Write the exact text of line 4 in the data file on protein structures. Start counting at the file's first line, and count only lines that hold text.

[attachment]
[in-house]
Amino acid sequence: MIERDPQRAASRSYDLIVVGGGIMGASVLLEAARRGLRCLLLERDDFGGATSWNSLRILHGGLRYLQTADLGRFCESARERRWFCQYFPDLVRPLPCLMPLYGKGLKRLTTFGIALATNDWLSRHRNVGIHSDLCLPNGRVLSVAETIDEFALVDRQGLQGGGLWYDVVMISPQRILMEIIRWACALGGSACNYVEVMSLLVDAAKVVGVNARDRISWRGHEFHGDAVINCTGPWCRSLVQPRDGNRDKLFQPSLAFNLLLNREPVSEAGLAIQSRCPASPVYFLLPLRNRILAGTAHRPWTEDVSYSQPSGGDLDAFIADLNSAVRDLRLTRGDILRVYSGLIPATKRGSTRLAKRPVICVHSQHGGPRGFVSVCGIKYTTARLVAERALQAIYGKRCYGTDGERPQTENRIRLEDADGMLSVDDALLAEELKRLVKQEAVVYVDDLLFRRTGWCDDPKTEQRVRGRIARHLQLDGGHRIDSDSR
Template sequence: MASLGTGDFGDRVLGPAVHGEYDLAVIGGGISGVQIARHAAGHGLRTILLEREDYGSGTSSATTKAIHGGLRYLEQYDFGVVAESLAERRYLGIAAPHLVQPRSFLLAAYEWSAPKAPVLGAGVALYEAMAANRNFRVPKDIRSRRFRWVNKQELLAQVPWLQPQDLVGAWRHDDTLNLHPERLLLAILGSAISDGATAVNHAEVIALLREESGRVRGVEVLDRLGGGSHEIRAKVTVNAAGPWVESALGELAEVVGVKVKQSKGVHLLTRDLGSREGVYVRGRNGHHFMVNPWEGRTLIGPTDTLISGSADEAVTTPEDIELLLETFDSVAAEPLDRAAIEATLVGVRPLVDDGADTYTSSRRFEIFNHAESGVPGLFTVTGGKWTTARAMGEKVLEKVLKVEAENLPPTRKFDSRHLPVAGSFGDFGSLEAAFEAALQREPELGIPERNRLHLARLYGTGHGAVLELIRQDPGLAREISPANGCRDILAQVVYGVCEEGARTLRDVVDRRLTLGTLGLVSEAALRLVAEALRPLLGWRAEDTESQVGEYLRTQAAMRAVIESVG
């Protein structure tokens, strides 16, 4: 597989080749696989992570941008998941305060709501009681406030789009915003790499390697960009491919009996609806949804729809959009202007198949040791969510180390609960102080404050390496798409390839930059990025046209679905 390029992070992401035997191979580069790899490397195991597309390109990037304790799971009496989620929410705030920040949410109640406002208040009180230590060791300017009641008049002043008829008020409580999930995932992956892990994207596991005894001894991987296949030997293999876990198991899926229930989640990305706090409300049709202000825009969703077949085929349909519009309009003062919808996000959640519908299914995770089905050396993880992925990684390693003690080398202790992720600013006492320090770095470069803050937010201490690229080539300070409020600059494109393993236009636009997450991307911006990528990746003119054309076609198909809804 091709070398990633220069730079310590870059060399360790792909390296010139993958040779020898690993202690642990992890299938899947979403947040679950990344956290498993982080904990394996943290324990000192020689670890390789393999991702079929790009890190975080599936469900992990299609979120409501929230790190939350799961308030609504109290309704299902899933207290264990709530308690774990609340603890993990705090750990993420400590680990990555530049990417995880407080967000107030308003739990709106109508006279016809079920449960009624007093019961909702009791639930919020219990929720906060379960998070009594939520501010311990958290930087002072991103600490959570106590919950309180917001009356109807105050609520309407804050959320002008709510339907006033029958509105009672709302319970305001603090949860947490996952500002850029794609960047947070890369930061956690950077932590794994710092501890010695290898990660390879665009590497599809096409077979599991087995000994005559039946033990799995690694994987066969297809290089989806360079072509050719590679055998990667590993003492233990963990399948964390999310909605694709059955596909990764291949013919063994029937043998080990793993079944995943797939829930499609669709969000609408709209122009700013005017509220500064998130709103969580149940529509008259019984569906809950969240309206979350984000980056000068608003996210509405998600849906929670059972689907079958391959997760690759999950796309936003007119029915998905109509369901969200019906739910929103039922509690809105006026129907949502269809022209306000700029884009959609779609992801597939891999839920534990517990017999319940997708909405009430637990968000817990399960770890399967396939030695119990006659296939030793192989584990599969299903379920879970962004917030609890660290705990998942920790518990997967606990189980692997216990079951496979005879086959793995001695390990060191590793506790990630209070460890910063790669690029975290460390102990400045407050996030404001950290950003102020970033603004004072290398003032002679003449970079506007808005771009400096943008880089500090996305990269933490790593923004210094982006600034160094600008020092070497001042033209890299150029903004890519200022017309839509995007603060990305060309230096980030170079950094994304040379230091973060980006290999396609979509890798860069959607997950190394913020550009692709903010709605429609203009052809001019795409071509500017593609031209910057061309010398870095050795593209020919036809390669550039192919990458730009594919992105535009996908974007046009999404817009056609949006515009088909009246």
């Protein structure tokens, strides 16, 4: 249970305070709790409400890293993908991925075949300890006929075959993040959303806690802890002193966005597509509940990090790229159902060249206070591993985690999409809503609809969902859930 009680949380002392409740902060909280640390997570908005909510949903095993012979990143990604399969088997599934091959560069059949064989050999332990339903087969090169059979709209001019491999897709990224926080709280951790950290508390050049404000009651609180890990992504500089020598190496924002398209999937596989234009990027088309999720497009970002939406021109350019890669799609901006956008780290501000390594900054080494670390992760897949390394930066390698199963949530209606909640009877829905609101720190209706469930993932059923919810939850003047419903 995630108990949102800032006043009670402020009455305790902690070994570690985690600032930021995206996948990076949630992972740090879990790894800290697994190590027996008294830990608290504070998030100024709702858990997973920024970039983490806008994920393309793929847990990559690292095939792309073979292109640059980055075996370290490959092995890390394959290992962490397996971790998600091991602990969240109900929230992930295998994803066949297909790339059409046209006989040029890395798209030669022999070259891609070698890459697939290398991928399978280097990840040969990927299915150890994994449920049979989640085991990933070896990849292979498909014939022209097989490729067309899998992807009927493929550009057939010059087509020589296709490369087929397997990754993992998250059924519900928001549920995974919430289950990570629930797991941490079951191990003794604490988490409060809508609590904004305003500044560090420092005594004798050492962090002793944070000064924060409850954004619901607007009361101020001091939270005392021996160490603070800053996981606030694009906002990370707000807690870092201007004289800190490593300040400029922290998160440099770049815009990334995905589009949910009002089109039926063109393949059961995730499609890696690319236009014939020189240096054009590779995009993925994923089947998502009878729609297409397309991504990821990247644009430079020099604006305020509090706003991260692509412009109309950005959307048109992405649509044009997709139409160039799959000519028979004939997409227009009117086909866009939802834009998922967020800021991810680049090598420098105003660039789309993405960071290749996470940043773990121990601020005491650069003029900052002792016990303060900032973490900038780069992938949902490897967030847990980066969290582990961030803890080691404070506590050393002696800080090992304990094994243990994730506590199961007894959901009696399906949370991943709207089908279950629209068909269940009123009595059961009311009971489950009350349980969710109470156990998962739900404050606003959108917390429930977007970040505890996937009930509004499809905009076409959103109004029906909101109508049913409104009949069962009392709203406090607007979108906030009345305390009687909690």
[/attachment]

């Protein structure tokens, strides 16, 4: 597989080749696989992570941008998941305060709501009681406030789009915003790499390697960009491919009996609806949804729809959009202007198949040791969510180390609960102080404050390496798409390839930059990025046209679905 390029992070992401035997191979580069790899490397195991597309390109990037304790799971009496989620929410705030920040949410109640406002208040009180230590060791300017009641008049002043008829008020409580999930995932992956892990994207596991005894001894991987296949030997293999876990198991899926229930989640990305706090409300049709202000825009969703077949085929349909519009309009003062919808996000959640519908299914995770089905050396993880992925990684390693003690080398202790992720600013006492320090770095470069803050937010201490690229080539300070409020600059494109393993236009636009997450991307911006990528990746003119054309076609198909809804 091709070398990633220069730079310590870059060399360790792909390296010139993958040779020898690993202690642990992890299938899947979403947040679950990344956290498993982080904990394996943290324990000192020689670890390789393999991702079929790009890190975080599936469900992990299609979120409501929230790190939350799961308030609504109290309704299902899933207290264990709530308690774990609340603890993990705090750990993420400590680990990555530049990417995880407080967000107030308003739990709106109508006279016809079920449960009624007093019961909702009791639930919020219990929720906060379960998070009594939520501010311990958290930087002072991103600490959570106590919950309180917001009356109807105050609520309407804050959320002008709510339907006033029958509105009672709302319970305001603090949860947490996952500002850029794609960047947070890369930061956690950077932590794994710092501890010695290898990660390879665009590497599809096409077979599991087995000994005559039946033990799995690694994987066969297809290089989806360079072509050719590679055998990667590993003492233990963990399948964390999310909605694709059955596909990764291949013919063994029937043998080990793993079944995943797939829930499609669709969000609408709209122009700013005017509220500064998130709103969580149940529509008259019984569906809950969240309206979350984000980056000068608003996210509405998600849906929670059972689907079958391959997760690759999950796309936003007119029915998905109509369901969200019906739910929103039922509690809105006026129907949502269809022209306000700029884009959609779609992801597939891999839920534990517990017999319940997708909405009430637990968000817990399960770890399967396939030695119990006659296939030793192989584990599969299903379920879970962004917030609890660290705990998942920790518990997967606990189980692997216990079951496979005879086959793995001695390990060191590793506790990630209070460890910063790669690029975290460390102990400045407050996030404001950290950003102020970033603004004072290398003032002679003449970079506007808005771009400096943008880089500090996305990269933490790593923004210094982006600034160094600008020092070497001042033209890299150029903004890519200022017309839509995007603060990305060309230096980030170079950094994304040379230091973060980006290999396609979509890798860069959607997950190394913020550009692709903010709605429609203009052809001019795409071509500017593609031209910057061309010398870095050795593209020919036809390669550039192919990458730009594919992105535009996908974007046009999404817009056609949006515009088909009246």